Friday, April 27, 2007


Tonight's brief respite from translating the horrors of the Roman satirist Persius allowed me to watch the Bill Moyers PBS special "Buying the War," which has been the subject of much talk (I won't say "debate") in the blogosphere. You've all probably heard about this, so only watch it if you really care to, as it shows nothing new from what we've discussed at length here at Huffy Crew. I will only point out that Dan Rather is quite a tearful fellow and that I had no idea that Knight-Ridder was such a contrarian news source. Well, actually, to elaborate a bit more, I will say this: Watching much of the pre-war footage (which was no doubt picked for rhetorical purposes by Moyers and his team but which is a pretty faithful summary of the general feeling leading up to the war, I think), you can see how much of the Washington press was bamboozled into supporting this thing. Saddam was an age-old enemy, Afghanistan had been an "easy" venture, and most importantly, the press seemed to be genuinely excited about what we were capable of militarily. Iraq was supposed to be so incredibly easy that the idea of American casualties (I pass over Iraqis...) counted about nil. Draw whatever conclusions you will about the "spectacular" character of modern American warfare. (I.e. how exciting is it to flash an "America at War" graphic on your news screen and feature dispatches from your "embedded" reporter, On The Ground in Iraq.)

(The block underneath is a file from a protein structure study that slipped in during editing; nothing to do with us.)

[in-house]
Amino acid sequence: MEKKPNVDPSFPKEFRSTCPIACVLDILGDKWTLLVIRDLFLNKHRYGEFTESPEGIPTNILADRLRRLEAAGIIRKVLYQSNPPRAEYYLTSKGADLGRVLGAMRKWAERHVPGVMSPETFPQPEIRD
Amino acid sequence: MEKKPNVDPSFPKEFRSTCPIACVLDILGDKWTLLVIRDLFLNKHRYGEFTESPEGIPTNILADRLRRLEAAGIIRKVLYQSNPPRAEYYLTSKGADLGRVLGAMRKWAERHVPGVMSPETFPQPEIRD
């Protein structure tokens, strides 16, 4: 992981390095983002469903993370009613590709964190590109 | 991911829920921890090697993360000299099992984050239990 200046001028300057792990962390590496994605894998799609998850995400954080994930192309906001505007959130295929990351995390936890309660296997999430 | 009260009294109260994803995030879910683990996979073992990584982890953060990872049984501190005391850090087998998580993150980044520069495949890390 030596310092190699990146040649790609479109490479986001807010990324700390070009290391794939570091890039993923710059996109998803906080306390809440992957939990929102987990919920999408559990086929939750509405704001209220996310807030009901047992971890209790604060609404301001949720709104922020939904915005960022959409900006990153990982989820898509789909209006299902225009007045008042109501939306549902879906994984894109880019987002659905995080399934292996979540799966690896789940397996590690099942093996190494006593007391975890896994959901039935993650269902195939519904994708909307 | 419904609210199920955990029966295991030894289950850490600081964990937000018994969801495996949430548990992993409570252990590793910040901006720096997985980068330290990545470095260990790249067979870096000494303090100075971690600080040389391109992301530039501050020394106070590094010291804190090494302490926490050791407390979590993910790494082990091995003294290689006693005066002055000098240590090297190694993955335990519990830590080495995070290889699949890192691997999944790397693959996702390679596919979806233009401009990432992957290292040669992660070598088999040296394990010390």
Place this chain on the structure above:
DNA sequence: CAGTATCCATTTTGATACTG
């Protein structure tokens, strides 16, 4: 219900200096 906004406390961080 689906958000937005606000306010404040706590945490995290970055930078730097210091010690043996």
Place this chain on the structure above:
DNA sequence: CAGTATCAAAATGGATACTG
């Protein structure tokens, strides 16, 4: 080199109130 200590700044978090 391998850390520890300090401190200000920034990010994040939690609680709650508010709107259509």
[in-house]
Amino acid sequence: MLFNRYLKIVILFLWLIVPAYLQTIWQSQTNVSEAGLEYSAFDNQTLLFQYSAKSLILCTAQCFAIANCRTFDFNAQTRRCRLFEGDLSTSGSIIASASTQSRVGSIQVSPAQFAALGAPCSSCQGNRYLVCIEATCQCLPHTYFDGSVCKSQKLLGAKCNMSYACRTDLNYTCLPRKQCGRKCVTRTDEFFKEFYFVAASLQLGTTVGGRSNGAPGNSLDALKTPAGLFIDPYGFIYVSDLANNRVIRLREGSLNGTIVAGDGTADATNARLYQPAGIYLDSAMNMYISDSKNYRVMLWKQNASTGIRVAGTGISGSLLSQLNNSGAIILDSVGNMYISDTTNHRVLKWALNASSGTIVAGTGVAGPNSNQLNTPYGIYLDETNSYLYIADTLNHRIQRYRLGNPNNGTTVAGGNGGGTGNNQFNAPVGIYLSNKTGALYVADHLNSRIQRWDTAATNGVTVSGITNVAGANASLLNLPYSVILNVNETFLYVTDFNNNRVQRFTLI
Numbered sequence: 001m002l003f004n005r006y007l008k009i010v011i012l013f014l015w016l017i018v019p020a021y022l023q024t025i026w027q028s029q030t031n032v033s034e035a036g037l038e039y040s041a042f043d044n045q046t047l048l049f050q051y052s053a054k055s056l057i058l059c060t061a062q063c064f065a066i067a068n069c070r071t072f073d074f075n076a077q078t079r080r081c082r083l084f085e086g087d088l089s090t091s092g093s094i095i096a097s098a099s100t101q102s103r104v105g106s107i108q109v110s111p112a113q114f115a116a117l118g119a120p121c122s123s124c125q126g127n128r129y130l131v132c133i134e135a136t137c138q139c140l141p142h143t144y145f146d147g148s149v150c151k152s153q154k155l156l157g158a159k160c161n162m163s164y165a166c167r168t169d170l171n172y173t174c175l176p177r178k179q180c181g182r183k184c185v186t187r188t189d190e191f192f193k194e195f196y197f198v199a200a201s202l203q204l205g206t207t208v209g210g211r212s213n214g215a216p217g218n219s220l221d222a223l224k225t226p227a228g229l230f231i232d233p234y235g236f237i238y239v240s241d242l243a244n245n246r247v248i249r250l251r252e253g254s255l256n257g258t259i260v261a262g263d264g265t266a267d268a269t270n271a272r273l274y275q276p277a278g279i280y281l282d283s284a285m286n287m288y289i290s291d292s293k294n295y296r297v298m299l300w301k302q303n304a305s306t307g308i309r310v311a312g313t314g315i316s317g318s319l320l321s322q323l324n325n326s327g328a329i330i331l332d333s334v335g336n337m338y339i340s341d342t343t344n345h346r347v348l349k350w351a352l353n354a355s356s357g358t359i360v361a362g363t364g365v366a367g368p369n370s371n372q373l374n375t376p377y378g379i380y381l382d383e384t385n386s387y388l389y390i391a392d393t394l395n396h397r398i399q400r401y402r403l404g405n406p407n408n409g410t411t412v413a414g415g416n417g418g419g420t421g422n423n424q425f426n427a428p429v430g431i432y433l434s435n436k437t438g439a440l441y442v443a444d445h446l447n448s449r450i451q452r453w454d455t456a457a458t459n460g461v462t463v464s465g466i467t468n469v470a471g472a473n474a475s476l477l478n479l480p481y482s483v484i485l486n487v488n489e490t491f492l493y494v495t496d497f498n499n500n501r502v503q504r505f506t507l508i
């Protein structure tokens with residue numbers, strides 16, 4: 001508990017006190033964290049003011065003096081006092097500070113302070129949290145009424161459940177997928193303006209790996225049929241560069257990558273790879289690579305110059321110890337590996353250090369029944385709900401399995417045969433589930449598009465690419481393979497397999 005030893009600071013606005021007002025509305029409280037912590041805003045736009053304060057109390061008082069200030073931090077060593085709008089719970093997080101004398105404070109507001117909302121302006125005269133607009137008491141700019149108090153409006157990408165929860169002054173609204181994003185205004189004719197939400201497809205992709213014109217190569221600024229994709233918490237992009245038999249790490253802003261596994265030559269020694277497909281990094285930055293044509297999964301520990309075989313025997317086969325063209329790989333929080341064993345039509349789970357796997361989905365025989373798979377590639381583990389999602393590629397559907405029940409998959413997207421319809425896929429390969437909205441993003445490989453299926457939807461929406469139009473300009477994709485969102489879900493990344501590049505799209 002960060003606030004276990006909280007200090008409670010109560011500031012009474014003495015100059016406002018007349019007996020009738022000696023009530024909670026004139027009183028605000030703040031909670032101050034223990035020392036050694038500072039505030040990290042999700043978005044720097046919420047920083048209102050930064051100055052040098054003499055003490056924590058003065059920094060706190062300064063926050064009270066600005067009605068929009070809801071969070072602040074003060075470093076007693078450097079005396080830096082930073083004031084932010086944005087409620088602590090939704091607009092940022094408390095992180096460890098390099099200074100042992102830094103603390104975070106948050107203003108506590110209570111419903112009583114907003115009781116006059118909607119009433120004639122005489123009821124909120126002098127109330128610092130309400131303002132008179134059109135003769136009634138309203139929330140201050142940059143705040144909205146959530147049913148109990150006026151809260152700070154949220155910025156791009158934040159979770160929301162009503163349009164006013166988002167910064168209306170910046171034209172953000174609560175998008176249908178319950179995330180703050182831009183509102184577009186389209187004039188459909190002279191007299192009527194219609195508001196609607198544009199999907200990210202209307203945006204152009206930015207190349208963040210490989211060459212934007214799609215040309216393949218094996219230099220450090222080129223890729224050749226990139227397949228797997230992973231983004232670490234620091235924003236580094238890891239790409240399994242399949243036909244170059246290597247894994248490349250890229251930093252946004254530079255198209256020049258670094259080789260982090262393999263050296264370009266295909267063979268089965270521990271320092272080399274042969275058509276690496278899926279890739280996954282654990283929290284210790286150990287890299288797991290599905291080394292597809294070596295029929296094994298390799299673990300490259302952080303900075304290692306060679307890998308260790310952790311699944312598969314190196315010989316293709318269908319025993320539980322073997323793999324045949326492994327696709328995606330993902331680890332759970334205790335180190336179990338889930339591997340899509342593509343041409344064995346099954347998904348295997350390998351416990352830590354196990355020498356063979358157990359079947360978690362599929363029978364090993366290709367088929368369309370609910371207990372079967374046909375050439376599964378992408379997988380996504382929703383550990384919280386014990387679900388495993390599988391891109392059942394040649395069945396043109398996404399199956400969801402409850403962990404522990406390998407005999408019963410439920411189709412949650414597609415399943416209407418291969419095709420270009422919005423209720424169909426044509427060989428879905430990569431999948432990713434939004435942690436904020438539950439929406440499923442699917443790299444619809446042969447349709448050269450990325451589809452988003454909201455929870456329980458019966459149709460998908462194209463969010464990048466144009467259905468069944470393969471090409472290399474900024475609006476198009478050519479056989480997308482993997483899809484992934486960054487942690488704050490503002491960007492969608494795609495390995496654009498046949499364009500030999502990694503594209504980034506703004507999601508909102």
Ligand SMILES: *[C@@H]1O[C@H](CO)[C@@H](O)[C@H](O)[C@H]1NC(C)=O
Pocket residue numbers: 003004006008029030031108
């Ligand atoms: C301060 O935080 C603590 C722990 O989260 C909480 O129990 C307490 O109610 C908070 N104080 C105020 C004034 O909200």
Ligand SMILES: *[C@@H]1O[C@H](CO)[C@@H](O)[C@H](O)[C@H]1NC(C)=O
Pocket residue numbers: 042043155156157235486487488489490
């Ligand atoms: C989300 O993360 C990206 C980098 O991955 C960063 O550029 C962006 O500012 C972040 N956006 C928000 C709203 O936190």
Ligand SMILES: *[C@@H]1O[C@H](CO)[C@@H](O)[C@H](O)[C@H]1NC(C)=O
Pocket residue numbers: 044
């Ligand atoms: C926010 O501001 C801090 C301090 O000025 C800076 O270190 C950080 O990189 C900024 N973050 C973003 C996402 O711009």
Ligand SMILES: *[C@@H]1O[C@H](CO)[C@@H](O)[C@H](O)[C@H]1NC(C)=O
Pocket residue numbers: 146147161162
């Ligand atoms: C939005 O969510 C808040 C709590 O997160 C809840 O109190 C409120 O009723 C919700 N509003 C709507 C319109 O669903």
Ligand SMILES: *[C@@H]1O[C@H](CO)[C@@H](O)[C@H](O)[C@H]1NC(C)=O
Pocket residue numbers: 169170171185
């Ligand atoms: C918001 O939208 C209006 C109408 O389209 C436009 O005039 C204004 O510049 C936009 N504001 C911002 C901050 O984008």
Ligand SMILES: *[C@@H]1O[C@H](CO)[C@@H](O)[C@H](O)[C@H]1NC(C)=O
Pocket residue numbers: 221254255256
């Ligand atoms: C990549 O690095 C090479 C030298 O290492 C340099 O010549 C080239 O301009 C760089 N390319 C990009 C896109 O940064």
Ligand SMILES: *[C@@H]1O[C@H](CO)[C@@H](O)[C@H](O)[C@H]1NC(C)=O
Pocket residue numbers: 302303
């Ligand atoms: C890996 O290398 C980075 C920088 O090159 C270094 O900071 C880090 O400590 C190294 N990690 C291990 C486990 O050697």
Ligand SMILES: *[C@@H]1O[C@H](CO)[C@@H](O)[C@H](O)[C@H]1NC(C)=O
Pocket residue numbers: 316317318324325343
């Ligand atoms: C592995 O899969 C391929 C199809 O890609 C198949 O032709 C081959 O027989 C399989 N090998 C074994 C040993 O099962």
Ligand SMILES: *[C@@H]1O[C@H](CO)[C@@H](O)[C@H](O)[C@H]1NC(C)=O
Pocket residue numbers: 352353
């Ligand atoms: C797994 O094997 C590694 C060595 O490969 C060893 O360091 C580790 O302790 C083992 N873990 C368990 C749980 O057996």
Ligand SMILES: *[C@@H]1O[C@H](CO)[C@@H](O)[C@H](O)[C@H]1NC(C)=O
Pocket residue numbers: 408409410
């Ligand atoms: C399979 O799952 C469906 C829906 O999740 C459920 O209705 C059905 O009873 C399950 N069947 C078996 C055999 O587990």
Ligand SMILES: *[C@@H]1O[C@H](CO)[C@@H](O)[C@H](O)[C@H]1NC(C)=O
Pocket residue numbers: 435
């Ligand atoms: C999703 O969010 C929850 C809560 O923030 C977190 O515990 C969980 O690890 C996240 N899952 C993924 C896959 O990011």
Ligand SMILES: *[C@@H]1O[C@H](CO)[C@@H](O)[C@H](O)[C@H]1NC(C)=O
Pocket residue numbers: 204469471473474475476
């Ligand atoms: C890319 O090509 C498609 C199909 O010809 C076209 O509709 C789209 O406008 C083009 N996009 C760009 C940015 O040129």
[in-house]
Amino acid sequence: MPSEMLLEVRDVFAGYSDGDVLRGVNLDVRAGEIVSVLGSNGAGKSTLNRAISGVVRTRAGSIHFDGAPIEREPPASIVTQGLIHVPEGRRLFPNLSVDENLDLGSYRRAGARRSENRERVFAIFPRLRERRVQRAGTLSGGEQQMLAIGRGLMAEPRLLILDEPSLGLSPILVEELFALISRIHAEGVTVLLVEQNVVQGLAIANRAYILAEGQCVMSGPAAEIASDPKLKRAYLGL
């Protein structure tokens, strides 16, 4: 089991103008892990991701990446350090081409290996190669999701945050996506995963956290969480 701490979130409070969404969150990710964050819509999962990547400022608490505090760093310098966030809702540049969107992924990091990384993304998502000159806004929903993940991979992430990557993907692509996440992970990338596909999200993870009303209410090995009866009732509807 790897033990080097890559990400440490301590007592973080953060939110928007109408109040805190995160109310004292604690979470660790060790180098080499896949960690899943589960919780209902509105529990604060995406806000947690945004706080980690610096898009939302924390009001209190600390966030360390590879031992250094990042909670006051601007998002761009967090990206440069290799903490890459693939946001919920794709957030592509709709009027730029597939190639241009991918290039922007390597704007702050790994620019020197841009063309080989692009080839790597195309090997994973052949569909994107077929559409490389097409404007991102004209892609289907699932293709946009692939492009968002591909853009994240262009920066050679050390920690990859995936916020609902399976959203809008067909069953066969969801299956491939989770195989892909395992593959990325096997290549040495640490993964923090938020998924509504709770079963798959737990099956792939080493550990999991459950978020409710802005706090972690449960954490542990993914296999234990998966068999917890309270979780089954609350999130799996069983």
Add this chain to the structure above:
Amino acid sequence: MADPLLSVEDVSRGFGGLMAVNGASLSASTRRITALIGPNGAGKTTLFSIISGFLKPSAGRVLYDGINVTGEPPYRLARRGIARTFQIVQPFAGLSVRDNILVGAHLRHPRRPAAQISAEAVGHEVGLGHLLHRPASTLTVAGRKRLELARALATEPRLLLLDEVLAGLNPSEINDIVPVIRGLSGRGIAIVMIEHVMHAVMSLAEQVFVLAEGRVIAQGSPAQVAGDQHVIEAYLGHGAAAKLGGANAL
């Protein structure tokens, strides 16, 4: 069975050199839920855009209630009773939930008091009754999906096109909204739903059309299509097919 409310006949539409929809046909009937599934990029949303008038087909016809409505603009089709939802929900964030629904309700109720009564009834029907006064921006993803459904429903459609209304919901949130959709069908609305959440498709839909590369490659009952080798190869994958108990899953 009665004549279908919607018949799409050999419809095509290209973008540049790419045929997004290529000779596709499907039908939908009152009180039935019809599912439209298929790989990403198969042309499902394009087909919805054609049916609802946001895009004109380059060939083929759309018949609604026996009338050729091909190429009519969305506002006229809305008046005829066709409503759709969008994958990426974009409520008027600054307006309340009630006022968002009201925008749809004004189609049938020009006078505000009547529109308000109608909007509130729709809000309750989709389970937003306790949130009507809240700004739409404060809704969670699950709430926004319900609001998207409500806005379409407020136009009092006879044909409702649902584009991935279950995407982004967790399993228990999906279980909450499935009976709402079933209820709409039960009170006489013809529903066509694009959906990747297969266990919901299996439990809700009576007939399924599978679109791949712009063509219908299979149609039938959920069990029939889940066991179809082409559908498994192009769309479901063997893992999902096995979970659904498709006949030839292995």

Persius is good for some quality nuggets, in any case. Take this one:

O mores, usque adeone
scire tuum nihil est nisi te scire hoc sciat alter?

O the state of things, has it come to this
that what you know counts as nothing unless someone else knows you know it?


respue quod non es.

Spit out that which is not you.


Blogger The Sheriff said...

Pedicabo nimium te

9:16 AM  

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